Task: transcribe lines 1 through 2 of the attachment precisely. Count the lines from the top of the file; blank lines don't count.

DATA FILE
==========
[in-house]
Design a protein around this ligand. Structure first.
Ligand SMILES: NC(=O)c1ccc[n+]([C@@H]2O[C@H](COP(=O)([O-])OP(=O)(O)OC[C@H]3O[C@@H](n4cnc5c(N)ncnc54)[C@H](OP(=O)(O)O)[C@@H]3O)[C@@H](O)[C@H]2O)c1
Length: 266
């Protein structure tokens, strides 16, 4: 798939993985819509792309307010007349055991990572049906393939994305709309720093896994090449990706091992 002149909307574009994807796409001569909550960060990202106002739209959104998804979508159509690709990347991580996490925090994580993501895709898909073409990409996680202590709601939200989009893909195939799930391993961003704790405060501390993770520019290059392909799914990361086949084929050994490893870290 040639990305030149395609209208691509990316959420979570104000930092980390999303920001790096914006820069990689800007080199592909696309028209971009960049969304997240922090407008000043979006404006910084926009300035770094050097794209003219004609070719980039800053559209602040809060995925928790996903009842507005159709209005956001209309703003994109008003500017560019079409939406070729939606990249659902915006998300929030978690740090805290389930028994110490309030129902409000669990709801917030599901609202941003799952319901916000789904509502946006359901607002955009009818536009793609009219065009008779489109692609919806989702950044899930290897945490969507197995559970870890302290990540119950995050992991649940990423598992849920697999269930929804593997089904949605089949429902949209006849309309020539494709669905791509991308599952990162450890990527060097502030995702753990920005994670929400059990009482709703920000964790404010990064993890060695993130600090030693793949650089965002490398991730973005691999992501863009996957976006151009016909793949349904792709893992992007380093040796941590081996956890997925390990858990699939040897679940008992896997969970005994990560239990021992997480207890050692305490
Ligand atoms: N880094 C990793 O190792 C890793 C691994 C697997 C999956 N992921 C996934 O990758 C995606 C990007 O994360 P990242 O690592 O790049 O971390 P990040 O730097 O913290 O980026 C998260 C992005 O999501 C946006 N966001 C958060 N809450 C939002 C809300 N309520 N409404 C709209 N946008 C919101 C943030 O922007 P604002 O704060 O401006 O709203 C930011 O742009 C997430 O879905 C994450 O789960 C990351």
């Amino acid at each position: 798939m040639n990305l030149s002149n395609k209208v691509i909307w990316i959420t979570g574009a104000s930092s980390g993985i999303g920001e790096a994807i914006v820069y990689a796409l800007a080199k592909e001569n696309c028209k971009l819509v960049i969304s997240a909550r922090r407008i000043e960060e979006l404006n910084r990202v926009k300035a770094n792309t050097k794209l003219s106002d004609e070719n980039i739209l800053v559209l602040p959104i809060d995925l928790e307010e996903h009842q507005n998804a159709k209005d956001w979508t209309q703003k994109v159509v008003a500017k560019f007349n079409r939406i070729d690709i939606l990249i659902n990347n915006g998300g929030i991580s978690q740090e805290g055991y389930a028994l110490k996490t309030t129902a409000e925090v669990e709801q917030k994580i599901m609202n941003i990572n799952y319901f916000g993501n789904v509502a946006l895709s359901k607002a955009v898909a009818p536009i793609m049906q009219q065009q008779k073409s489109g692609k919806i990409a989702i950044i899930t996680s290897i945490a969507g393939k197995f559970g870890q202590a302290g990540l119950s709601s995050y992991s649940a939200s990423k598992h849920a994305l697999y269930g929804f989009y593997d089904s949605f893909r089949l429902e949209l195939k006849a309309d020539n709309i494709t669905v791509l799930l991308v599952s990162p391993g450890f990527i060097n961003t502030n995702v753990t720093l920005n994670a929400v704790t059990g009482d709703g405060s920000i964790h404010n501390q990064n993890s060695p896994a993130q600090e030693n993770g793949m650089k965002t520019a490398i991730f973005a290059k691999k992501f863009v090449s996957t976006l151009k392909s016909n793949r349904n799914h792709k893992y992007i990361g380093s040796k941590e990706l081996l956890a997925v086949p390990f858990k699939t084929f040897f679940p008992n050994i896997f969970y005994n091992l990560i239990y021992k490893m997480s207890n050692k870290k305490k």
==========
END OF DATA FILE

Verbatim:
[in-house]
Design a protein around this ligand. Structure first.